Thursday, March 6, 2014

Useful information re gill nets and box jellies

My friend Suzanne is, among other things, an ardent ocean swimmer and an impressive protector of the ocean habitat. A couple of her recent emails had information that I would like to pass along. The first is from Dr. Angel Yanagihara, a UH researcher on box jellies and their toxins.

She is trying to get the word out on a couple of important things NOT TO DO in case of box jelly stings (basically - do not use an Epi-pen - it just makes things much worse).
Her email to Suzanne:
From: Angel Yanagihara <>
Subject: Re: Photos Questioning the dangerous change at Hanauma Bay 2/28/14
Date: March 1, 2014 12:30:28 PM HST
Reply-To: Angel Yanagihara

Aloha Suzanne,

Thank you for your email! It is extremely worrisome that the public is potentially left to assume that there is an acceptable risk in Hanauma Bay despite the presence of beaching Alatina alata box jellyfish.  Thank you for the photos. Do you all also wear hoods, gloves and booties?

I am concerned that there are some persistent misunderstandings about box jellies.

1. The response to the sting is not an "allergic" reaction. It is not at all like a bee sting. The venom of the box jelly contains ancient pore-forming proteins structurally similar to anthrolysin O and streptolysin O, the pore-forming toxins of anthrax and strep. People are not "allergic' to these pathogenic bacteria either. Our blood cells are uniquely vulnerable to box jelly porins and to bacterial porins. There is no "immunity" or "resistance" - it is a question of the dose delivered. Unfortunately, thinner skin areas of the body will allow a greater dose to be delivered. Women and children have thinner skin. So if an adult man is stung over thicker skin a smaller amount of venom will reach the blood stream than a sting of a child over a thinner skin region, such as face or neck.

I cannot stress this enough. I am conducting studies now involving box jelly venom injection into piglets. The data clearly show as our human whole blood studies show that the venom itself causes a massive rise in plasma catecholamines - EPI and NorEPI; this is well reported in the clinical literature as a "catecholamine surge". Adding an EPI injection on top of that situation is like adding fuel to a fire. In fact the losses of life that have occurred from box jelly sting have almost always involved well intentioned EPI administration. My studies are not yet published but please be advised that the use of EPI pen is an extremely dangerous practice and yields no therapeutic benefit whatsoever. I am happy to share my unpublished data with local medical decision makers. A Japanese tourist recently died after a sting from the same influxing box jellyfish species we have here (Alatina alata) in Saipan. Emergency treatment included EPI administration. I conducted 2 field surveys this year off Saipan and collected samples to send to our phylogenetic colleagues at the Smithsonian. They confirmed the species off Saipan is that has the same lunar synchronized spawning influx behaviour as our species is the same Alatina alata.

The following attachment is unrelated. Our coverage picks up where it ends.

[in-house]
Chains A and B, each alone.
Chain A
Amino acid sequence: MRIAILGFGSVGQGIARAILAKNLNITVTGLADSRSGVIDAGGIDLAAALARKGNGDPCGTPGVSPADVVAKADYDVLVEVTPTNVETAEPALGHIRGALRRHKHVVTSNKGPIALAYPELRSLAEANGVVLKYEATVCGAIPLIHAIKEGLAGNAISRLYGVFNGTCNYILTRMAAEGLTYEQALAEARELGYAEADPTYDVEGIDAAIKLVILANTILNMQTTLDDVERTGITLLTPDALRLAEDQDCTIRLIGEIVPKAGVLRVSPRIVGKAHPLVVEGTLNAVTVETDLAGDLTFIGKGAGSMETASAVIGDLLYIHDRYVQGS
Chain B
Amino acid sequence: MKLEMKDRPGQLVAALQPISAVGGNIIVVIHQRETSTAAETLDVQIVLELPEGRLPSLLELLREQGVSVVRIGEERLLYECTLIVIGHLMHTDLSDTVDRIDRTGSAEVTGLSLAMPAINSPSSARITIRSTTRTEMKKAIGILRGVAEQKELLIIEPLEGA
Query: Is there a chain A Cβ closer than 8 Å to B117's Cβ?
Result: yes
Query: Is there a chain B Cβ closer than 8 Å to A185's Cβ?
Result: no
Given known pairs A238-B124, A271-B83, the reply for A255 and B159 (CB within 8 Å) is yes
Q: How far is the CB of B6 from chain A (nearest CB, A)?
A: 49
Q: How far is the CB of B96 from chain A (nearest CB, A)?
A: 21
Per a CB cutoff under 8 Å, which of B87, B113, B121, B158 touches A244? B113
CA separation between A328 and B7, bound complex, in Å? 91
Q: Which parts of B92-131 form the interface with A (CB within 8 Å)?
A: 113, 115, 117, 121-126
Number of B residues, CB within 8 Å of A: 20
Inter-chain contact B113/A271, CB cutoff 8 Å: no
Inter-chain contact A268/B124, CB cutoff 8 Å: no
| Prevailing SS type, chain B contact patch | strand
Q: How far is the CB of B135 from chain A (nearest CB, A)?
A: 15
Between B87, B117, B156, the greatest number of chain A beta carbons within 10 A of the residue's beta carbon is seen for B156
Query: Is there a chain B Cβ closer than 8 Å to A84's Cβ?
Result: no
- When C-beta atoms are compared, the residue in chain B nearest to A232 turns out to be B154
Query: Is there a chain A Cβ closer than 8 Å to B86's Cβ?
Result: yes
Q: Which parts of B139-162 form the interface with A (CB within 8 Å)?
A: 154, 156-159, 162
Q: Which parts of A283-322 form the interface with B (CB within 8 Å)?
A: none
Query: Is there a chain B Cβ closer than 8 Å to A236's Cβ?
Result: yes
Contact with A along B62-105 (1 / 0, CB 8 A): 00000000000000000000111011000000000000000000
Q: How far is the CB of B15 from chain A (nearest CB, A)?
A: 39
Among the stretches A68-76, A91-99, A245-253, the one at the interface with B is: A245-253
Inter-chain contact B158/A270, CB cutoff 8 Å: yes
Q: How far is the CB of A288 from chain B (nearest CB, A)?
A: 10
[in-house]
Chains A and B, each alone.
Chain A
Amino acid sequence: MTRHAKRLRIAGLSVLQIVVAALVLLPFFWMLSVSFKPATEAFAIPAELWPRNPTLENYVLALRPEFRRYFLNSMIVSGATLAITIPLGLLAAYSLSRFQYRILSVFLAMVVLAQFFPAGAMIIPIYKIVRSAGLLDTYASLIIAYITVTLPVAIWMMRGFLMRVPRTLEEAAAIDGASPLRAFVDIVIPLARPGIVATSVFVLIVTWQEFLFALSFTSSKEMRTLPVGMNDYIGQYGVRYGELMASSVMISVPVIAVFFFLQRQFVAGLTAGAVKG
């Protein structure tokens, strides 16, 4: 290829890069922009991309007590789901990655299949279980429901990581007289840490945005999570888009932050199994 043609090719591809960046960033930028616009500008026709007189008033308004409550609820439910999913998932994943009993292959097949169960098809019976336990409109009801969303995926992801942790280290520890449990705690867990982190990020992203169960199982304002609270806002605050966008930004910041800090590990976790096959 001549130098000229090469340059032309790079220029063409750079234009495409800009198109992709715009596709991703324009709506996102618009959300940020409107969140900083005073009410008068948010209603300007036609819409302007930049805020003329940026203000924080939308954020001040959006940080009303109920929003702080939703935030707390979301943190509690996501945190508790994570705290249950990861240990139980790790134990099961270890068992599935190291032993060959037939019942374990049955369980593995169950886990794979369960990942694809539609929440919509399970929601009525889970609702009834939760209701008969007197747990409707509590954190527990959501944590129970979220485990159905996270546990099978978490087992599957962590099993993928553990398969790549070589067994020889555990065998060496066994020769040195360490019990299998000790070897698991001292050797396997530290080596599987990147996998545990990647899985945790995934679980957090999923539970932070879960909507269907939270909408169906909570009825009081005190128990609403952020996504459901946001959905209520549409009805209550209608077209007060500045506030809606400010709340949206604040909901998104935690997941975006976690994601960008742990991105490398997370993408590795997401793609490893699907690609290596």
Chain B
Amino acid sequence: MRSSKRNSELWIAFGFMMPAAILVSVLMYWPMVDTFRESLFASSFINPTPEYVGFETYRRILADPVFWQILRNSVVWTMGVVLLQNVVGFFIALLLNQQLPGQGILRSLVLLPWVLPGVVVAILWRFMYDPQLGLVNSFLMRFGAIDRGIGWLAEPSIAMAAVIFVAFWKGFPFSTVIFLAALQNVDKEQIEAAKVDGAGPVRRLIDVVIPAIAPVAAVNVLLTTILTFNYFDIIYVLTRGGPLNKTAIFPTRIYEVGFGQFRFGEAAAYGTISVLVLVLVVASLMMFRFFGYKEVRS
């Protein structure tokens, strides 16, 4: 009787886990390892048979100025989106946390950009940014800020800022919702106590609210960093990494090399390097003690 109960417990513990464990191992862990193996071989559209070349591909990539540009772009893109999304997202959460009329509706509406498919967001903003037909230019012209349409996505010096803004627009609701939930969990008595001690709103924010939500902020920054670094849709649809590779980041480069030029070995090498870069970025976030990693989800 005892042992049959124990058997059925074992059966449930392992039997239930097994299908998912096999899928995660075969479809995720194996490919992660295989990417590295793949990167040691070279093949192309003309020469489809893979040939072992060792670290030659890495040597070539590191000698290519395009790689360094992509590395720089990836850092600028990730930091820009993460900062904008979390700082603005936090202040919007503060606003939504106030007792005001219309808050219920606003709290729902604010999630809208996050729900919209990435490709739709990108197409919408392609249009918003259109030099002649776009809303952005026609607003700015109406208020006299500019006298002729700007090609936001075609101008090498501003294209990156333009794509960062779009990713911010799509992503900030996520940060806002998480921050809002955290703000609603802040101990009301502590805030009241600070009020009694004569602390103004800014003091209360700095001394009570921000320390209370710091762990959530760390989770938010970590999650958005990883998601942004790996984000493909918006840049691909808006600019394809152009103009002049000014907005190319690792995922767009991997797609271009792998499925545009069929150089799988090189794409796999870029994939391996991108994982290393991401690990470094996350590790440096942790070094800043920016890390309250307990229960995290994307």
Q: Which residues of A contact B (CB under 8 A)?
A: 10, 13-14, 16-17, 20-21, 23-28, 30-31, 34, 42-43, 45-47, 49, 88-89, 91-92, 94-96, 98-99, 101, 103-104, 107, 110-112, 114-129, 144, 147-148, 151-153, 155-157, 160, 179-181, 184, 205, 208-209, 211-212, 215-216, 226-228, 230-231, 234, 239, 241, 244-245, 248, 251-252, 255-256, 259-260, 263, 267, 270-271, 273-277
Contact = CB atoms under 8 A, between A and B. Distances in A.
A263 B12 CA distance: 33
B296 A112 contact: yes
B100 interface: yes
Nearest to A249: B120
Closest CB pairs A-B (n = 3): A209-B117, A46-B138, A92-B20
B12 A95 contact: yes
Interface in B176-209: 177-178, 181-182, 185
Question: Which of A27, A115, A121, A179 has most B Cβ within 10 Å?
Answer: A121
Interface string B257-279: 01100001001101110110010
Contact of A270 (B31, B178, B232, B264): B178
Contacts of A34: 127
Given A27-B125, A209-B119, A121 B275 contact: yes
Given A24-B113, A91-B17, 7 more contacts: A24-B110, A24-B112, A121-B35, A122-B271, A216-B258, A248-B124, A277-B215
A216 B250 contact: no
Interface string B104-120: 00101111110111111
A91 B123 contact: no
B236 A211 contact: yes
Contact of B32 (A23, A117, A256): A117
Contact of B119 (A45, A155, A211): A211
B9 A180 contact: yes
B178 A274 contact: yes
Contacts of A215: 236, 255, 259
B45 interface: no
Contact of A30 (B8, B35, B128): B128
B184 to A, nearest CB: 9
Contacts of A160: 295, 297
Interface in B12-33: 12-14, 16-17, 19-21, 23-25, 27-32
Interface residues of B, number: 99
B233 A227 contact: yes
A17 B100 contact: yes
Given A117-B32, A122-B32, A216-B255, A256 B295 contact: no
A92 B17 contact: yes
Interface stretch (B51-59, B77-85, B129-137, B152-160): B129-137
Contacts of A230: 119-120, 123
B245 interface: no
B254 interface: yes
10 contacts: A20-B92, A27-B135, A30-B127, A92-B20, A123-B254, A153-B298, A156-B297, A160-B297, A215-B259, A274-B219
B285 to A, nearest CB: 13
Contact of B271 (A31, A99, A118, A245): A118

For more information please see:

I have prepared a little flyer to summarize Box Jellyfish safety and attached it here as a word doc open for editorial additions. I would be happy to collaborate with  Hanauma Bay folks with them taking this information  to prepare a version under their auspices. I also attach here a print ready PDF of this current version.

Thank you for your strong community voice and leadership Suzanne!


Topic Two - One day, Suzanne noted some people laying what appeared to be a illegal gill net along a windward beach. Rather than approaching them directly, she discretely took images and verified the net, then sent in the information. The response from Ken Lesperance of the DLNR is informative.
Date: February 28, 2014 1:28:04 PM HST
To: suzanne

Aloha Suzanne,

Bravo for the detailed information and how you were able to obtain photos without detection.  The only way to effectively protect our resources is through teamwork.  That said, please be careful.  Your safety is paramount.  Many people I have charged with lay net violations were methamphetamine users.  Additionally, when you are in the water around a lay net, be very careful.  I have become entangled on many occasions while pulling nets.
Lay nets are incredibly destructive to fish, marine mammals and turtles.  If you see an unregistered or otherwise suspicious gill net, call our dispatch at 453-6780 as soon as practical. ...  Laws regarding lay gill nets (do not apply to surround nets):
No more than 125’ long, 7’ high (and cannot be strung together to make one over 125’)
2 ¾ stretched mesh eye size
Must have registration tag on all four corners
Can only be laid 4 hours per day
Cannot be at night
Must be attended every 30 minutes and completely checked every 2 hours
There are a few other restrictions, I listed the common, easily detectable.
The detail you provided, with approximate time and photo of the house will make catching them far more likely.  I will get the info to my supervisor and we will come up with a plan.
Mahalo for your vigilance (as opposed to vigilantism),
 Here is a nice image of a gill net - (MH)
Image of gill net from Honolulu Advertiser article on drowned monk seal pup and proposed gear restrictions from 2006

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